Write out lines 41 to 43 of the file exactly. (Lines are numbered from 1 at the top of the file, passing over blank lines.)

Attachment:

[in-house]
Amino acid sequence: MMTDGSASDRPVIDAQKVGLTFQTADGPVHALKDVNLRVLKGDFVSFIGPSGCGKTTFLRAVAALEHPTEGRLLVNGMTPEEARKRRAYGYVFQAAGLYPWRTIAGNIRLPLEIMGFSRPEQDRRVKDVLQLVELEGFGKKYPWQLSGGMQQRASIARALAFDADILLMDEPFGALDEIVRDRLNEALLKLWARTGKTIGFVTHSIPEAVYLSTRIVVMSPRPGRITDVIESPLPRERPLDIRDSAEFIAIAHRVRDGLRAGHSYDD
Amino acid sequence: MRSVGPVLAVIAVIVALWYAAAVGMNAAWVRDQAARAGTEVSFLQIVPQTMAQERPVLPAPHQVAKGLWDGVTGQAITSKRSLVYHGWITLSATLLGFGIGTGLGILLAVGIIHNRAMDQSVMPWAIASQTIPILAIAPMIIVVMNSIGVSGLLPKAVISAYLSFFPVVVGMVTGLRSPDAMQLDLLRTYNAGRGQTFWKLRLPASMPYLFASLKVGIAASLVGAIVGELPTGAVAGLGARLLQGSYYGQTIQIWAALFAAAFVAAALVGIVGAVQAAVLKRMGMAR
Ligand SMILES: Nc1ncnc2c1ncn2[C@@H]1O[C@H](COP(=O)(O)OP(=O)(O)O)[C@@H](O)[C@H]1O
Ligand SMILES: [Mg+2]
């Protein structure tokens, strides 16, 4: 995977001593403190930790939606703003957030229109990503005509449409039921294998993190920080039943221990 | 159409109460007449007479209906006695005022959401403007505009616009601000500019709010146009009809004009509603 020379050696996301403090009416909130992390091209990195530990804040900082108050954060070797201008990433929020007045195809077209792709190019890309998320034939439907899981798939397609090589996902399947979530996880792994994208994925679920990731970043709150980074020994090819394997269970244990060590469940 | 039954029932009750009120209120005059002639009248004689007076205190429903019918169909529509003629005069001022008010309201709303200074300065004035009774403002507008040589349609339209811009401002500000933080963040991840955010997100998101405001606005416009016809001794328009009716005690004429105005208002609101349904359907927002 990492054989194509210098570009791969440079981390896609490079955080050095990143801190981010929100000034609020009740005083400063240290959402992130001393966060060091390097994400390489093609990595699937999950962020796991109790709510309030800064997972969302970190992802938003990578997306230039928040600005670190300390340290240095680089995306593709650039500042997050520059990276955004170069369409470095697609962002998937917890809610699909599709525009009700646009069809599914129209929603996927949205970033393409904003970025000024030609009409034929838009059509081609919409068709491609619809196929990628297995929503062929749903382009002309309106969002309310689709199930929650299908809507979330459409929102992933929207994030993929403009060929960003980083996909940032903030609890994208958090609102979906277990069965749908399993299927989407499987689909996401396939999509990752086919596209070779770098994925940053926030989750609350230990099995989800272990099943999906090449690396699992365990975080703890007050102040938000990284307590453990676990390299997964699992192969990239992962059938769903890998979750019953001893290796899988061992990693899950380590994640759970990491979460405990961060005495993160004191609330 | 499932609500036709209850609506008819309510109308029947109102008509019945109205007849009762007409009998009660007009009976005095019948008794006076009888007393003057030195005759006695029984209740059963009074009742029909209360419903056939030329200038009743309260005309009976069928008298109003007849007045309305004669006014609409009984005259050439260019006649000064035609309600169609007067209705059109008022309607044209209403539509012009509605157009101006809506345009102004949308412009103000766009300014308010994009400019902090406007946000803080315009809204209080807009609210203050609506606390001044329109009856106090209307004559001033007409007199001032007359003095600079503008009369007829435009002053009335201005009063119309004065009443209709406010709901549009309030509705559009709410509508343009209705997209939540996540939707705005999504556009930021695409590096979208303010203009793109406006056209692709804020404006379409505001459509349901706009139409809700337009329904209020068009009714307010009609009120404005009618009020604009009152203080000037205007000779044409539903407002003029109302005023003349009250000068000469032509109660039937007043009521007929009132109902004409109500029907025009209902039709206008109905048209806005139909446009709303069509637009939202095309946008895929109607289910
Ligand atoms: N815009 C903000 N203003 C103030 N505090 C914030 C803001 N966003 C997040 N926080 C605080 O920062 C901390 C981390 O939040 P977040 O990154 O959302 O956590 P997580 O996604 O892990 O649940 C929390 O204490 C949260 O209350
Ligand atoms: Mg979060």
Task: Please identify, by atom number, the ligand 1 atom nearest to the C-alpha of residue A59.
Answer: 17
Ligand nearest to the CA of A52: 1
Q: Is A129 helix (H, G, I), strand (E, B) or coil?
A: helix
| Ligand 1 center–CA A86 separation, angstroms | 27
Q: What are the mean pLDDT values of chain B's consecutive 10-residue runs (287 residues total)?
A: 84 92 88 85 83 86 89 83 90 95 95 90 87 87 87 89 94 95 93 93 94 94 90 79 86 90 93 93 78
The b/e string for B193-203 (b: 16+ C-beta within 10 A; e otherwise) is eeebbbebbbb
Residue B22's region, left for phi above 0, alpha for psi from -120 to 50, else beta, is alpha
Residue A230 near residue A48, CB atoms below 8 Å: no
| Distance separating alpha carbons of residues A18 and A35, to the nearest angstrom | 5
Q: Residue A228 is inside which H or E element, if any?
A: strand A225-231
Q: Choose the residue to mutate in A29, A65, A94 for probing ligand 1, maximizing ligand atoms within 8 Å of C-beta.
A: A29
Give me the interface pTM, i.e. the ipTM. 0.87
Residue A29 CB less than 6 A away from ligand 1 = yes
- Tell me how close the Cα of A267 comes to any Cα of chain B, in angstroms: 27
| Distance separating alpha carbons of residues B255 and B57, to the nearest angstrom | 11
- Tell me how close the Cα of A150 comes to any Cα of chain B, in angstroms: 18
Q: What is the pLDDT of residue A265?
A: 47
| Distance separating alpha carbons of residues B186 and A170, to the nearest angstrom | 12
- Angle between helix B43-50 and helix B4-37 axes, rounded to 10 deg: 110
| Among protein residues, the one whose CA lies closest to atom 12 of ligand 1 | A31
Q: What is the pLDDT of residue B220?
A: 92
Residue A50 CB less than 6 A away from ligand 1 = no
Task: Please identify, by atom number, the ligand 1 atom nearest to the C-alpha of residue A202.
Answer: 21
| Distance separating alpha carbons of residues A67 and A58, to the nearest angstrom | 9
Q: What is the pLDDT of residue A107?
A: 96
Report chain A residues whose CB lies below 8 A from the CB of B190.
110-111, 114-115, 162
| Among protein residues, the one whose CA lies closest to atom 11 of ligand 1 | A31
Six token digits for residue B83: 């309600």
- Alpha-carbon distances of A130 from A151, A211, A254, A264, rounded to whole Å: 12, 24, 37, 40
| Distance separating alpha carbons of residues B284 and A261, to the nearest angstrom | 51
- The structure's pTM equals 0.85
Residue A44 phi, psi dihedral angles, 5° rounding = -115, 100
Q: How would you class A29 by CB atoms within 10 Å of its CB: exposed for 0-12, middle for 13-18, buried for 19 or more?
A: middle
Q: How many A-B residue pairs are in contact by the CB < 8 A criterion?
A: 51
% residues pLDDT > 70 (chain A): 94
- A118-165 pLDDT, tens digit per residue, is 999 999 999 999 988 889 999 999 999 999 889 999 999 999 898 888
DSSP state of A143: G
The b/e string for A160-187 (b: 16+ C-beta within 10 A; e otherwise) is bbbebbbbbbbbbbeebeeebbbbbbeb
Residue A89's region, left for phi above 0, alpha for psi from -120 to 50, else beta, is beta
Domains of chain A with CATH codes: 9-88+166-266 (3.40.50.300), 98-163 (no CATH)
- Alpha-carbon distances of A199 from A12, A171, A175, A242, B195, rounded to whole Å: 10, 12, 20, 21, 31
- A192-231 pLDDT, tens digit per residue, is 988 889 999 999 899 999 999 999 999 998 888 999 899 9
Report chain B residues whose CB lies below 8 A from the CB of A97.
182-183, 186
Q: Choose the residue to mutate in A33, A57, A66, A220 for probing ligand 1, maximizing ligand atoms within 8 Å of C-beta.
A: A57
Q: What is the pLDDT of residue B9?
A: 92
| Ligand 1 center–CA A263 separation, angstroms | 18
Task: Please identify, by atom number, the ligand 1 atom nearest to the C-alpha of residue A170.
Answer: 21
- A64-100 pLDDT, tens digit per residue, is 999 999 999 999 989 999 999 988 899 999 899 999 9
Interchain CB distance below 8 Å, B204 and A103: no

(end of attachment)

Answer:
Q: What is the pLDDT of residue A107?
A: 96
Report chain A residues whose CB lies below 8 A from the CB of B190.